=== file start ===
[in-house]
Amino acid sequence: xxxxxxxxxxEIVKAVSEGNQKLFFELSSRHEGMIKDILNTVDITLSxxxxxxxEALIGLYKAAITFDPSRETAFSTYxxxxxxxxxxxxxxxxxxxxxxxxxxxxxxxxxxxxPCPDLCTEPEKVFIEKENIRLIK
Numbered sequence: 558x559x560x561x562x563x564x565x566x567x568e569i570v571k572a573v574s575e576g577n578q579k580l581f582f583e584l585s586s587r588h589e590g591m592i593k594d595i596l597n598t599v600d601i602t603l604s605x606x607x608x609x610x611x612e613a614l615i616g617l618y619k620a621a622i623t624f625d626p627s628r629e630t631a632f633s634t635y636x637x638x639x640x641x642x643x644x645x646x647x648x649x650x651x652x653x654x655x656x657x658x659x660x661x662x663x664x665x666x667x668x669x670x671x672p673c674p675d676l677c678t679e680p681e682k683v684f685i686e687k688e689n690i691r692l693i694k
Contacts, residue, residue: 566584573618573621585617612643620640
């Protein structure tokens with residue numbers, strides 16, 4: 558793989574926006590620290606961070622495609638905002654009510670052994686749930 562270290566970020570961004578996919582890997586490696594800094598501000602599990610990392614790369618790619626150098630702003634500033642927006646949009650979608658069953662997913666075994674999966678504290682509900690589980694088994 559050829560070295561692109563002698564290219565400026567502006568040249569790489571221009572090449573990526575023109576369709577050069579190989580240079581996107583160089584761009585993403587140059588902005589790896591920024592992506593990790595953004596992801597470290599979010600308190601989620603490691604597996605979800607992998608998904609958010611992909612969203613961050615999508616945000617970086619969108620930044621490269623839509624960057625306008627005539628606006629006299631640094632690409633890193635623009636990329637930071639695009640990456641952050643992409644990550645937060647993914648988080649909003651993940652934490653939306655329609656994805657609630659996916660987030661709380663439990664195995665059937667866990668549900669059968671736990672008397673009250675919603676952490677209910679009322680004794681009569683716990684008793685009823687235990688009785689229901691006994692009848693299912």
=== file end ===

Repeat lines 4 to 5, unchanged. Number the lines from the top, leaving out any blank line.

Contacts, residue, residue: 566584573618573621585617612643620640
């Protein structure tokens with residue numbers, strides 16, 4: 558793989574926006590620290606961070622495609638905002654009510670052994686749930 562270290566970020570961004578996919582890997586490696594800094598501000602599990610990392614790369618790619626150098630702003634500033642927006646949009650979608658069953662997913666075994674999966678504290682509900690589980694088994 559050829560070295561692109563002698564290219565400026567502006568040249569790489571221009572090449573990526575023109576369709577050069579190989580240079581996107583160089584761009585993403587140059588902005589790896591920024592992506593990790595953004596992801597470290599979010600308190601989620603490691604597996605979800607992998608998904609958010611992909612969203613961050615999508616945000617970086619969108620930044621490269623839509624960057625306008627005539628606006629006299631640094632690409633890193635623009636990329637930071639695009640990456641952050643992409644990550645937060647993914648988080649909003651993940652934490653939306655329609656994805657609630659996916660987030661709380663439990664195995665059937667866990668549900669059968671736990672008397673009250675919603676952490677209910679009322680004794681009569683716990684008793685009823687235990688009785689229901691006994692009848693299912």